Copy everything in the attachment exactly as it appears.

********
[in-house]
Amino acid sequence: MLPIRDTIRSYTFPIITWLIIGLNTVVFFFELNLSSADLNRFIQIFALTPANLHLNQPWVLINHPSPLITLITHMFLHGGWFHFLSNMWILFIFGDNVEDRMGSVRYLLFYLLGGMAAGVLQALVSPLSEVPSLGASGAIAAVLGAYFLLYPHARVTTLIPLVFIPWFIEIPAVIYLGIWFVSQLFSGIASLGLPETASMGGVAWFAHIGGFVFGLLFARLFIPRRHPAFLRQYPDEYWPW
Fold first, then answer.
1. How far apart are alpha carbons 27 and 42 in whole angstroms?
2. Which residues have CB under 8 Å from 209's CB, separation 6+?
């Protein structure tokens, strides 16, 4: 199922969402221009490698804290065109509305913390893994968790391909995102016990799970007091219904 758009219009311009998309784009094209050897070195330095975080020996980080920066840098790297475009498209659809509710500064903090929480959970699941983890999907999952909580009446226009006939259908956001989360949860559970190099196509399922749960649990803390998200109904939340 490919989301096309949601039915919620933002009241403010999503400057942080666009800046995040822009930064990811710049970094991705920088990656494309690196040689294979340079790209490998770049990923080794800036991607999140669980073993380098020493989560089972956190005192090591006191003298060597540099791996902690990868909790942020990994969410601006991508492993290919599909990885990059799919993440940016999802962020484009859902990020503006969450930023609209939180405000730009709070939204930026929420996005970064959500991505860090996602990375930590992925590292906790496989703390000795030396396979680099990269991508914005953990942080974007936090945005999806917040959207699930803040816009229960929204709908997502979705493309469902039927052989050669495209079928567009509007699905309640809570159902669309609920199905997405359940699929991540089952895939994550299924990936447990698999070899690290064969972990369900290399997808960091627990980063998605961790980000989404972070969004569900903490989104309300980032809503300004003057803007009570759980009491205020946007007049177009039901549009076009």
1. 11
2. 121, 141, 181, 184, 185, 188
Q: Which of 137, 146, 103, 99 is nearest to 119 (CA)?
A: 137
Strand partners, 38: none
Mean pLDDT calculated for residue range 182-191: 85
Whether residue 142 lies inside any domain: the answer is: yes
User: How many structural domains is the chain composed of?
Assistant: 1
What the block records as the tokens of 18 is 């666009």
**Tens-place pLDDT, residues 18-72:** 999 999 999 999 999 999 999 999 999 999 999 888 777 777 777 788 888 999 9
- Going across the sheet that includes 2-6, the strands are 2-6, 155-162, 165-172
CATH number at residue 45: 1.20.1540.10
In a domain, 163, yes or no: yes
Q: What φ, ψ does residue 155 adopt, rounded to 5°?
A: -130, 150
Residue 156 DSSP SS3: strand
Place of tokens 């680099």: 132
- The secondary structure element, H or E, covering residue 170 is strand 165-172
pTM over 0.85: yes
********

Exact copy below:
[in-house]
Amino acid sequence: MLPIRDTIRSYTFPIITWLIIGLNTVVFFFELNLSSADLNRFIQIFALTPANLHLNQPWVLINHPSPLITLITHMFLHGGWFHFLSNMWILFIFGDNVEDRMGSVRYLLFYLLGGMAAGVLQALVSPLSEVPSLGASGAIAAVLGAYFLLYPHARVTTLIPLVFIPWFIEIPAVIYLGIWFVSQLFSGIASLGLPETASMGGVAWFAHIGGFVFGLLFARLFIPRRHPAFLRQYPDEYWPW
Fold first, then answer.
1. How far apart are alpha carbons 27 and 42 in whole angstroms?
2. Which residues have CB under 8 Å from 209's CB, separation 6+?
């Protein structure tokens, strides 16, 4: 199922969402221009490698804290065109509305913390893994968790391909995102016990799970007091219904 758009219009311009998309784009094209050897070195330095975080020996980080920066840098790297475009498209659809509710500064903090929480959970699941983890999907999952909580009446226009006939259908956001989360949860559970190099196509399922749960649990803390998200109904939340 490919989301096309949601039915919620933002009241403010999503400057942080666009800046995040822009930064990811710049970094991705920088990656494309690196040689294979340079790209490998770049990923080794800036991607999140669980073993380098020493989560089972956190005192090591006191003298060597540099791996902690990868909790942020990994969410601006991508492993290919599909990885990059799919993440940016999802962020484009859902990020503006969450930023609209939180405000730009709070939204930026929420996005970064959500991505860090996602990375930590992925590292906790496989703390000795030396396979680099990269991508914005953990942080974007936090945005999806917040959207699930803040816009229960929204709908997502979705493309469902039927052989050669495209079928567009509007699905309640809570159902669309609920199905997405359940699929991540089952895939994550299924990936447990698999070899690290064969972990369900290399997808960091627990980063998605961790980000989404972070969004569900903490989104309300980032809503300004003057803007009570759980009491205020946007007049177009039901549009076009």
1. 11
2. 121, 141, 181, 184, 185, 188
Q: Which of 137, 146, 103, 99 is nearest to 119 (CA)?
A: 137
Strand partners, 38: none
Mean pLDDT calculated for residue range 182-191: 85
Whether residue 142 lies inside any domain: the answer is: yes
User: How many structural domains is the chain composed of?
Assistant: 1
What the block records as the tokens of 18 is 């666009």
**Tens-place pLDDT, residues 18-72:** 999 999 999 999 999 999 999 999 999 999 999 888 777 777 777 788 888 999 9
- Going across the sheet that includes 2-6, the strands are 2-6, 155-162, 165-172
CATH number at residue 45: 1.20.1540.10
In a domain, 163, yes or no: yes
Q: What φ, ψ does residue 155 adopt, rounded to 5°?
A: -130, 150
Residue 156 DSSP SS3: strand
Place of tokens 């680099």: 132
- The secondary structure element, H or E, covering residue 170 is strand 165-172
pTM over 0.85: yes